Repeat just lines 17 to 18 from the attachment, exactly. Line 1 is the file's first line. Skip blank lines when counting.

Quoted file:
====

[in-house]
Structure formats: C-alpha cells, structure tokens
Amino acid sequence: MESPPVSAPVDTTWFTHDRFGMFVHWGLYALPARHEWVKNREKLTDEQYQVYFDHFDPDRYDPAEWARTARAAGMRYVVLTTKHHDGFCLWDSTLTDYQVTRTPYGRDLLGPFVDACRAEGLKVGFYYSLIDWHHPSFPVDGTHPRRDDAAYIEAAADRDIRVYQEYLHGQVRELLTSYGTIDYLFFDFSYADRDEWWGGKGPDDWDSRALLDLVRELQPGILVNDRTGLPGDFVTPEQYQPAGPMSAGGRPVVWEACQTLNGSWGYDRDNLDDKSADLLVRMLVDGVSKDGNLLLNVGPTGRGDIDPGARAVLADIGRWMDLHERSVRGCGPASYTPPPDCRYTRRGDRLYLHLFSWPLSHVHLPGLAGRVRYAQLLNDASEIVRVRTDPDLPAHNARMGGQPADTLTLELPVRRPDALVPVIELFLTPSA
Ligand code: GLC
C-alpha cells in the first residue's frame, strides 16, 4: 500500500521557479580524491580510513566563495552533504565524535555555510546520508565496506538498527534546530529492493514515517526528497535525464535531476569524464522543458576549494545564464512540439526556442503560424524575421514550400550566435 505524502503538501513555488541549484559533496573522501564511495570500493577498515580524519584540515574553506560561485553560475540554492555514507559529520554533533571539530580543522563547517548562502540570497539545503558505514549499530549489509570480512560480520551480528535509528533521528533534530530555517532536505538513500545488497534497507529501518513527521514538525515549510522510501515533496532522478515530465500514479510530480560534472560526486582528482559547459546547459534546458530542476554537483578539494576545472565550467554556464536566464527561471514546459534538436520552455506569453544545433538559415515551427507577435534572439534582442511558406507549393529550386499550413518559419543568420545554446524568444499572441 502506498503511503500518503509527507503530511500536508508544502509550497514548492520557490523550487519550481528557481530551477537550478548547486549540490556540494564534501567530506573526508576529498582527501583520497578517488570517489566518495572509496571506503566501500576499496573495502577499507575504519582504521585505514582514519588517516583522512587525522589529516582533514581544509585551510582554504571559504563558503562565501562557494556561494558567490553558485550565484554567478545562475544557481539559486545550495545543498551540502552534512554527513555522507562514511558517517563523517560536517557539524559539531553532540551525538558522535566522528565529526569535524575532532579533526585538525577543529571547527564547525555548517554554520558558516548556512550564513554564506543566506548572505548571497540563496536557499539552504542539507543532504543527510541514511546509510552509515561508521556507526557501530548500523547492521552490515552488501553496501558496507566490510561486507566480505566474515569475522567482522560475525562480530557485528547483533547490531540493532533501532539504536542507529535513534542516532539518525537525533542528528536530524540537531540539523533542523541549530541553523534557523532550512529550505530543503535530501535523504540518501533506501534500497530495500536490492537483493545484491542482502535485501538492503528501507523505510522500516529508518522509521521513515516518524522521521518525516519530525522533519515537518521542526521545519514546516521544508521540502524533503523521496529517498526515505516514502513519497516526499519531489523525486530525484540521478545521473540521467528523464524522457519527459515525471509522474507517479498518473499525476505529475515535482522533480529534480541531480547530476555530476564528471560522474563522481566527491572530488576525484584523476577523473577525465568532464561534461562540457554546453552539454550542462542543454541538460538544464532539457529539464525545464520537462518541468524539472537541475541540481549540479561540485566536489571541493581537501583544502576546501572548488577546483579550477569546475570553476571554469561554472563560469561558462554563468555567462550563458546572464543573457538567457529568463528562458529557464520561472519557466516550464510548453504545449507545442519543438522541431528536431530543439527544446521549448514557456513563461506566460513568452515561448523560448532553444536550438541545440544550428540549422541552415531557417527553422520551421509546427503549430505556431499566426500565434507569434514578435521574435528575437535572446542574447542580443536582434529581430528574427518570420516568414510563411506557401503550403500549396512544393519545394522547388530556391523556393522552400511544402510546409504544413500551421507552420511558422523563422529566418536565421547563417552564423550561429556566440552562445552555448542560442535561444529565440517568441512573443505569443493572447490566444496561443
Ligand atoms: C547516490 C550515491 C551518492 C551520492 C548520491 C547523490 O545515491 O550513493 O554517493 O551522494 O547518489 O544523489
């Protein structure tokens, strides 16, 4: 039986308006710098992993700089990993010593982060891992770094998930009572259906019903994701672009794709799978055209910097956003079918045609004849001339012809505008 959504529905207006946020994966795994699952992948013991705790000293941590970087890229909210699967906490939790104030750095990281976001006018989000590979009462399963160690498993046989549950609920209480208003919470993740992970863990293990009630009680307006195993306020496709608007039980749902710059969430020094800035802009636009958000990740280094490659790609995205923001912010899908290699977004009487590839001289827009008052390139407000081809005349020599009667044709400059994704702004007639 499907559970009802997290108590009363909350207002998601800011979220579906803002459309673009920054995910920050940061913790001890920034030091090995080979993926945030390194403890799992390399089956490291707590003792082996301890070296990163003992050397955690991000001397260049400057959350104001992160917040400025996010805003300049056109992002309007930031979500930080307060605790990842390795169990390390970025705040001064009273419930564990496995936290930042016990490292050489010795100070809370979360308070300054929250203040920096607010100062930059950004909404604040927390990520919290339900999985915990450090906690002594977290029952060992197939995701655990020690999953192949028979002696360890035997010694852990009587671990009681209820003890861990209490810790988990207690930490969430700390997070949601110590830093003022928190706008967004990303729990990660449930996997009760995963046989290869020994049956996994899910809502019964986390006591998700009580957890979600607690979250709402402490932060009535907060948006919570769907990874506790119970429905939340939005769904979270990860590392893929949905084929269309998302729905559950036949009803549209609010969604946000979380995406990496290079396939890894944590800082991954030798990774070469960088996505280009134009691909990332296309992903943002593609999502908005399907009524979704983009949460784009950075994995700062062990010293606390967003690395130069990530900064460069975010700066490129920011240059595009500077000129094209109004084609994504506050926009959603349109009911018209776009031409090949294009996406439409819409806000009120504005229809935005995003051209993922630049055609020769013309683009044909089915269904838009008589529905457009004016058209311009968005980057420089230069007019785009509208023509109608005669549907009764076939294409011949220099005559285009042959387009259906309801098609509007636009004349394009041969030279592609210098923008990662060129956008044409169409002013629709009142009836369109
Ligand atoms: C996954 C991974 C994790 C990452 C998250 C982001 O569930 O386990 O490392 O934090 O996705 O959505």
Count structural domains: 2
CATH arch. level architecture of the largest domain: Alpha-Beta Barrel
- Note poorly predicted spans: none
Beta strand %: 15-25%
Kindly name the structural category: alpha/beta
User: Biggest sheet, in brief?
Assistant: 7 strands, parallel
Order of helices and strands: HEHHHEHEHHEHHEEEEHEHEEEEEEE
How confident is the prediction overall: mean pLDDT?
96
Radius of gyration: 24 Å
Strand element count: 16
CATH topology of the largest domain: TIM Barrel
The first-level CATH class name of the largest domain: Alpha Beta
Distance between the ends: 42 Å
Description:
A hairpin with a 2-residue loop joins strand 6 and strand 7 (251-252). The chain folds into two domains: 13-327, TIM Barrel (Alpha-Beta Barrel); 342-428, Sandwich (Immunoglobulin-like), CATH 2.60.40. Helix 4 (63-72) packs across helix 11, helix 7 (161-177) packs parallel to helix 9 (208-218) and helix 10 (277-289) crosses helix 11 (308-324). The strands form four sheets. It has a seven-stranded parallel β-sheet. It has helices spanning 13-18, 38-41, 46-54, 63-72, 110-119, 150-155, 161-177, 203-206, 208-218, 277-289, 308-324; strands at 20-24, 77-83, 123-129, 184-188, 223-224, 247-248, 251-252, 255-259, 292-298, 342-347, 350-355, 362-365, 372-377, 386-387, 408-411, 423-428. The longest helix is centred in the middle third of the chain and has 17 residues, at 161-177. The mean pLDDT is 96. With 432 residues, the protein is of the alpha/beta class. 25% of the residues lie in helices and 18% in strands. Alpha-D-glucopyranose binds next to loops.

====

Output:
How confident is the prediction overall: mean pLDDT?
96